Today’s Los Angeles Times has a fascinating article on the last Shaker community. It’s well worth a read. Here’s a start:
Thus these pious men and women came to invent such practical devices as the spring-loaded clothespin, the flat-bottom broom and the circular saw. They patented a washing machine in 1858. Their multi-chambered oven from 1878 strongly resembles contemporary restaurant ovens.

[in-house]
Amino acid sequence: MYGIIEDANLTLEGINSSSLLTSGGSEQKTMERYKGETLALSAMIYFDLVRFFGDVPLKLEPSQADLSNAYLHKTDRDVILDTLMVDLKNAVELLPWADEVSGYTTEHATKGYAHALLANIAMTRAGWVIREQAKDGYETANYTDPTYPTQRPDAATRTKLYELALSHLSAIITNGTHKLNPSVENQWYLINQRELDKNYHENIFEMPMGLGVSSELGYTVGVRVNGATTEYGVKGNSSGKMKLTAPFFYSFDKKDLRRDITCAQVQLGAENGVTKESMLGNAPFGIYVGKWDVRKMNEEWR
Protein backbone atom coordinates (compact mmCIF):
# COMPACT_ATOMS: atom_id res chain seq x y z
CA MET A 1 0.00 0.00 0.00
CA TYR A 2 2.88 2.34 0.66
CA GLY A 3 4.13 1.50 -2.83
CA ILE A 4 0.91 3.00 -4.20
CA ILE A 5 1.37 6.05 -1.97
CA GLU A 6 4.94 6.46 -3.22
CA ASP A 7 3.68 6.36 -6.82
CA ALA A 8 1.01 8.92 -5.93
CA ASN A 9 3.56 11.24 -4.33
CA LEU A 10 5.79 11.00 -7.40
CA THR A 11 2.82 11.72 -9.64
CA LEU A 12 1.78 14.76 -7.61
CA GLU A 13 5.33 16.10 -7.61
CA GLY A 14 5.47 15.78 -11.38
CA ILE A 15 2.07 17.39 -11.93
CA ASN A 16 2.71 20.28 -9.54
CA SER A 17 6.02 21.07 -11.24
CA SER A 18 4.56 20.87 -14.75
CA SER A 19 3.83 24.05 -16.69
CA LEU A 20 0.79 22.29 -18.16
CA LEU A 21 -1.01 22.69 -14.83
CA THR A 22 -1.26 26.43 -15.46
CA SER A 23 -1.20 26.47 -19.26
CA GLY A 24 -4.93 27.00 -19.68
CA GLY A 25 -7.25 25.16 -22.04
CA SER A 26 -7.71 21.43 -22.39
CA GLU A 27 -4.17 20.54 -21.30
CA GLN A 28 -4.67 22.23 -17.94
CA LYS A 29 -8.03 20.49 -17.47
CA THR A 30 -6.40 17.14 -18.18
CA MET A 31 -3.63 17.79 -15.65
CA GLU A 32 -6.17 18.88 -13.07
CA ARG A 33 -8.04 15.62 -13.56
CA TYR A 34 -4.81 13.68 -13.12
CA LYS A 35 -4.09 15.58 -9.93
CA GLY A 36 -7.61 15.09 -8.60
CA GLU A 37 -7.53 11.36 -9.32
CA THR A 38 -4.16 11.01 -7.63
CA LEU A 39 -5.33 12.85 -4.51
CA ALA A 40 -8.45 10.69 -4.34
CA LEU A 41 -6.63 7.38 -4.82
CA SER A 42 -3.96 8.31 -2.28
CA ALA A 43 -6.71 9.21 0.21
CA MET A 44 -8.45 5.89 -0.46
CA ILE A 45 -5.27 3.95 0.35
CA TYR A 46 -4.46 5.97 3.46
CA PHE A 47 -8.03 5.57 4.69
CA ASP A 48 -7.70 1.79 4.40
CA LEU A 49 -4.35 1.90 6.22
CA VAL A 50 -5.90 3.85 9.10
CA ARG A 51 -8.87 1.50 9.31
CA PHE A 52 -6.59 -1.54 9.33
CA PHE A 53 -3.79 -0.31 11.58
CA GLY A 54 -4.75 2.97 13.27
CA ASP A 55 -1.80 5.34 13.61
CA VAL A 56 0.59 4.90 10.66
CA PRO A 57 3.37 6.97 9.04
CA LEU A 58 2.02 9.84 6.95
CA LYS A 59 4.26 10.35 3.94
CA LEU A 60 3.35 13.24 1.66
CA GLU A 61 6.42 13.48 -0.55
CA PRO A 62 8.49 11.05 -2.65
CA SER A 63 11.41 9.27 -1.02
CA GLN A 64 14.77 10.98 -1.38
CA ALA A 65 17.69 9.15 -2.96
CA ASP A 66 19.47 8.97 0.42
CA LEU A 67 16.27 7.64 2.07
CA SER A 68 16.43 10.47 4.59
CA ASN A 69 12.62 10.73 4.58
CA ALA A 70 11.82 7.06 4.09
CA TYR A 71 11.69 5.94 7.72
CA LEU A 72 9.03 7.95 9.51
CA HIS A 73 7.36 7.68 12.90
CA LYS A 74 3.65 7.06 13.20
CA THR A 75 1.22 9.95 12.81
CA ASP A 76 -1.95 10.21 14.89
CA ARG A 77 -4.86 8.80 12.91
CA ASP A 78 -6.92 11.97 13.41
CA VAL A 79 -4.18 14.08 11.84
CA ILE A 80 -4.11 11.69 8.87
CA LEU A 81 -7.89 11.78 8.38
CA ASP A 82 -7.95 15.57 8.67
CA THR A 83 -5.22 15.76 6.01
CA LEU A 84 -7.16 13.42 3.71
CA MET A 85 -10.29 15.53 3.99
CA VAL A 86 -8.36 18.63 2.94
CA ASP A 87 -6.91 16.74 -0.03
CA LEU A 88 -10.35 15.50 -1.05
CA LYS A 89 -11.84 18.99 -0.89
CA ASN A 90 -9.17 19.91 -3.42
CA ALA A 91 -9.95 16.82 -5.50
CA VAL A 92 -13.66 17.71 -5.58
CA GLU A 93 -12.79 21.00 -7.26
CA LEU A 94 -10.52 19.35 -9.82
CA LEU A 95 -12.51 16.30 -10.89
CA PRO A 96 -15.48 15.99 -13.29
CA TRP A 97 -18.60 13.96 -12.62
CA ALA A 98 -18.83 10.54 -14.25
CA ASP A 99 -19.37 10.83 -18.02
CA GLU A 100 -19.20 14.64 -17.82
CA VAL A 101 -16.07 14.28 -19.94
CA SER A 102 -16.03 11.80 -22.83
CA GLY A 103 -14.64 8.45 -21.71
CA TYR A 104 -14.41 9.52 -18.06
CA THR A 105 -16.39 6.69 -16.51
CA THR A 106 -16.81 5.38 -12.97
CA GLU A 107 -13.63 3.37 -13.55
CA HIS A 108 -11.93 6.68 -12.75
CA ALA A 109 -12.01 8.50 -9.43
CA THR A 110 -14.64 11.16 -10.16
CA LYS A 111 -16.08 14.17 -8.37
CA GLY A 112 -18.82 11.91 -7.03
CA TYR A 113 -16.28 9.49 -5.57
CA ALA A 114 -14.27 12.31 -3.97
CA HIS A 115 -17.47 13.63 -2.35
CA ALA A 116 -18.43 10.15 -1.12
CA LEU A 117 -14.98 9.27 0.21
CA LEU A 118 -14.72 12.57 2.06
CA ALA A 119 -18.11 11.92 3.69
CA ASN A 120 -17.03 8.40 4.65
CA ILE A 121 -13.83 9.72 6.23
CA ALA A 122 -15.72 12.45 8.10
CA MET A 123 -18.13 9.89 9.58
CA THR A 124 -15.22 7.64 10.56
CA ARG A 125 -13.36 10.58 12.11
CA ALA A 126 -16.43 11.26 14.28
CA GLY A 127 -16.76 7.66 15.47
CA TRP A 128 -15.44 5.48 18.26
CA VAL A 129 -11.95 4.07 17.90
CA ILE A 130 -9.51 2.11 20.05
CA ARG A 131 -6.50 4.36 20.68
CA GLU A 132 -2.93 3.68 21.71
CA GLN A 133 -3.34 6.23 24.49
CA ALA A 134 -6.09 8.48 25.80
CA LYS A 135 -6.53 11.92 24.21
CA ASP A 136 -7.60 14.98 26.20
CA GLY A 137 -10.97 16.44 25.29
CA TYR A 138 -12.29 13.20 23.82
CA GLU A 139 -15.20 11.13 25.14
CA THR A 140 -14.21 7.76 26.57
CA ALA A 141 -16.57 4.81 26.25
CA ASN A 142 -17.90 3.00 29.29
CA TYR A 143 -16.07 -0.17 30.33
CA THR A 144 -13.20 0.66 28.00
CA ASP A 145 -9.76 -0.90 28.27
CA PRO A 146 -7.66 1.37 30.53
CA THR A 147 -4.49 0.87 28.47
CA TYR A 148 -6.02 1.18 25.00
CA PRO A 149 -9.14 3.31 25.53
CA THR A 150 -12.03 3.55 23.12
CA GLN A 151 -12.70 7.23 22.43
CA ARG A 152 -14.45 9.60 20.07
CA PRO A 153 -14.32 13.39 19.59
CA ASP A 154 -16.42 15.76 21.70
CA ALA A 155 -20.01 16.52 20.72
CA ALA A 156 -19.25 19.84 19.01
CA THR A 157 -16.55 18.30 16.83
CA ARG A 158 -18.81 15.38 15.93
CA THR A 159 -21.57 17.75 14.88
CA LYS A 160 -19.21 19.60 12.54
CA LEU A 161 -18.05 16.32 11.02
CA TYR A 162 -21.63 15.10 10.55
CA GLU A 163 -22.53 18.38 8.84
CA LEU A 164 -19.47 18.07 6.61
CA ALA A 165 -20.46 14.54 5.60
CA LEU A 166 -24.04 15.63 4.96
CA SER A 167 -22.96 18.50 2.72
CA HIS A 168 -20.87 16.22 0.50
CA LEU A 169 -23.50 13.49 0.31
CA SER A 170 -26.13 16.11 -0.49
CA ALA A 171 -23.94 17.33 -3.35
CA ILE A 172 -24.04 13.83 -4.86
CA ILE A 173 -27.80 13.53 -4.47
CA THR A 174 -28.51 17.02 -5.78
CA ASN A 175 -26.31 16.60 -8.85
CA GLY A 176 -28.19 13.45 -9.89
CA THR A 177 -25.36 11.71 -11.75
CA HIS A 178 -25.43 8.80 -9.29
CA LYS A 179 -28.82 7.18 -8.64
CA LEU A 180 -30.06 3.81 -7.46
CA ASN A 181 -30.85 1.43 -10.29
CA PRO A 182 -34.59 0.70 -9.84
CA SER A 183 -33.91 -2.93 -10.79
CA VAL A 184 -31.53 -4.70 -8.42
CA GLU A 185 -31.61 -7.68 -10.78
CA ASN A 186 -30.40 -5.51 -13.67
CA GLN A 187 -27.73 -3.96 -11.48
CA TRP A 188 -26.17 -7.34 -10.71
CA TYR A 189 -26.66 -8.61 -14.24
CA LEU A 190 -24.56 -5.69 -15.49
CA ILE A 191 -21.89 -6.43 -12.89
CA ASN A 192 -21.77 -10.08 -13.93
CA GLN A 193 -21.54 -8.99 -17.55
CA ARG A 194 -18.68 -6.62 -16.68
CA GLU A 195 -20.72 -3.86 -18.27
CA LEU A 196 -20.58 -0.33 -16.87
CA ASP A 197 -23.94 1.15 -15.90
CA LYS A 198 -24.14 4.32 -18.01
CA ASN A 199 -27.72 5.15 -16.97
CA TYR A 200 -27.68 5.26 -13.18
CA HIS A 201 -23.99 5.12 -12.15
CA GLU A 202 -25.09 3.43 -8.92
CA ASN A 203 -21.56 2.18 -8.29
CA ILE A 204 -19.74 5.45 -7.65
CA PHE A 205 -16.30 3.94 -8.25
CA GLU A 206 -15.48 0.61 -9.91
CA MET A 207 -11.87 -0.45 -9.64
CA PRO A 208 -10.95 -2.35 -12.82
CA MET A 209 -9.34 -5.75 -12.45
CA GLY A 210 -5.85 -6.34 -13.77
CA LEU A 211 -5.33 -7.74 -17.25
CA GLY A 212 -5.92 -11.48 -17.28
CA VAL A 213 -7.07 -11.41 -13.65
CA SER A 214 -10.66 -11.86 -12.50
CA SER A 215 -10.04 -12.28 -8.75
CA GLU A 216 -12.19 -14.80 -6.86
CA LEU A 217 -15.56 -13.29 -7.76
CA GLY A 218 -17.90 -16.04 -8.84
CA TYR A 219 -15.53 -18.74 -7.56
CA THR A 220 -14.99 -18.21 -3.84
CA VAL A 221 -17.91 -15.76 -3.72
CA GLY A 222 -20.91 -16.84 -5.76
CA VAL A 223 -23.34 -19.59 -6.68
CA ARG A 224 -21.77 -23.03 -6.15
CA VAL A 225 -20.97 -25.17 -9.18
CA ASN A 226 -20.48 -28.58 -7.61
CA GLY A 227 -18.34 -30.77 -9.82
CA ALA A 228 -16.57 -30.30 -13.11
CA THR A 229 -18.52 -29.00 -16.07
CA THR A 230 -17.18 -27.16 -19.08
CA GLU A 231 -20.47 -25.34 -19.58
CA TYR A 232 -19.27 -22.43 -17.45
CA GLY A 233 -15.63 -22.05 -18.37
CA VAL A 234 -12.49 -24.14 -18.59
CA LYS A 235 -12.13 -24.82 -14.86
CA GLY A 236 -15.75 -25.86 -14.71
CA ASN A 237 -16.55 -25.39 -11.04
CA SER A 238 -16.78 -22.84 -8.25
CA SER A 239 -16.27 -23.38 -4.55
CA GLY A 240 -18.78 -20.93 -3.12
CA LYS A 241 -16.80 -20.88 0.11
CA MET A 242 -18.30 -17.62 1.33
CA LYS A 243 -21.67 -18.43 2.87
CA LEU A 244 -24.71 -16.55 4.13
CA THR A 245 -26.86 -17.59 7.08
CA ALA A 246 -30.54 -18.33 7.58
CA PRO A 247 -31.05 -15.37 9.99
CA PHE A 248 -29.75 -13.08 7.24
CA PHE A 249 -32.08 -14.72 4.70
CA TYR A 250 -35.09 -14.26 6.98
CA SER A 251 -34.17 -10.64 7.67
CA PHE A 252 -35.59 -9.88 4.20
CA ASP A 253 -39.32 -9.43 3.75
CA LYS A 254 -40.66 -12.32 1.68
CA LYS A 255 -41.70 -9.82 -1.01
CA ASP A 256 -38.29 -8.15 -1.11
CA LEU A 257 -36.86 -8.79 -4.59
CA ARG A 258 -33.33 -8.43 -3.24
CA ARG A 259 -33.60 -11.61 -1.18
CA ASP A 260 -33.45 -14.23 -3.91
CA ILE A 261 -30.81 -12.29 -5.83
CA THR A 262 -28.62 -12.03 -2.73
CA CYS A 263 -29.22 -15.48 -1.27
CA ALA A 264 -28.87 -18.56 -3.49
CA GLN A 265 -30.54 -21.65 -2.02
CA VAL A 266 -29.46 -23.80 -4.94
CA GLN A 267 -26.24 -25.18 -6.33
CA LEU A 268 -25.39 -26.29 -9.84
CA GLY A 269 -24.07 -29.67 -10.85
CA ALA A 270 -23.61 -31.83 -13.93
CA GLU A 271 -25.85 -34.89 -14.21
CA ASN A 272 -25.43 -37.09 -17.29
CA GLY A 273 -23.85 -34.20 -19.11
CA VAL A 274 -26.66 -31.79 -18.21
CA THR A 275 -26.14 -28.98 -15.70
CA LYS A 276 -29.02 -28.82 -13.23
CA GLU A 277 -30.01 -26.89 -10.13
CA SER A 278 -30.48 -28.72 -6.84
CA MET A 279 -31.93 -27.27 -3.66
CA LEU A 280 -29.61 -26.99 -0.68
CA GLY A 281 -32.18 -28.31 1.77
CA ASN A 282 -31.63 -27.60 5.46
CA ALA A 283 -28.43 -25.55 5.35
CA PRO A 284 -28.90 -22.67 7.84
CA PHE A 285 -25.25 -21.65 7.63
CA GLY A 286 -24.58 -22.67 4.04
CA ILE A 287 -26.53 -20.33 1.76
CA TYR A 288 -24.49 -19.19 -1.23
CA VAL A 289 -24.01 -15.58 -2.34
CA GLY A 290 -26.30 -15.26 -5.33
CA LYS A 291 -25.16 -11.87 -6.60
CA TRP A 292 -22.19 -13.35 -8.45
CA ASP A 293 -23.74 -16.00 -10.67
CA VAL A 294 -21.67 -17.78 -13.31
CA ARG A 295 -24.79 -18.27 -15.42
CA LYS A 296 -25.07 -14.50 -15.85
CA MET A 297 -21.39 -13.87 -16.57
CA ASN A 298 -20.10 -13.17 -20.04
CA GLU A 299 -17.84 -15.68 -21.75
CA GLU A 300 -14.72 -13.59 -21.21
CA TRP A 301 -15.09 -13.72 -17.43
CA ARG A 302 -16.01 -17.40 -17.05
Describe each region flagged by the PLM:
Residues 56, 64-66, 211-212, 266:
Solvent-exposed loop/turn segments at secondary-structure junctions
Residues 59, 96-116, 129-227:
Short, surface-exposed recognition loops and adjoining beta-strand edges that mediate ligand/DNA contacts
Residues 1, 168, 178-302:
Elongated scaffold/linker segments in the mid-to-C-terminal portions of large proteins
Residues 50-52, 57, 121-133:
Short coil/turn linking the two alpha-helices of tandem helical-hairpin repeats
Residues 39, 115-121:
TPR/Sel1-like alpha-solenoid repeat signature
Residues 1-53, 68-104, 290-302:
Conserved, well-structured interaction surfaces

The Shakers were never large in number. At the sect’s peak before the Civil War, 5,000 claimed membership in the monastic Protestant fellowship in which men and women live as brothers and sisters. The group, known formally as the United Society of Believers in Christ’s Second Appearing, counsels self-reliance and mandates celibacy.
Today, four Shakers remain: two elderly women and two graying men. They are pondering the future not only of their faith but of their way of life.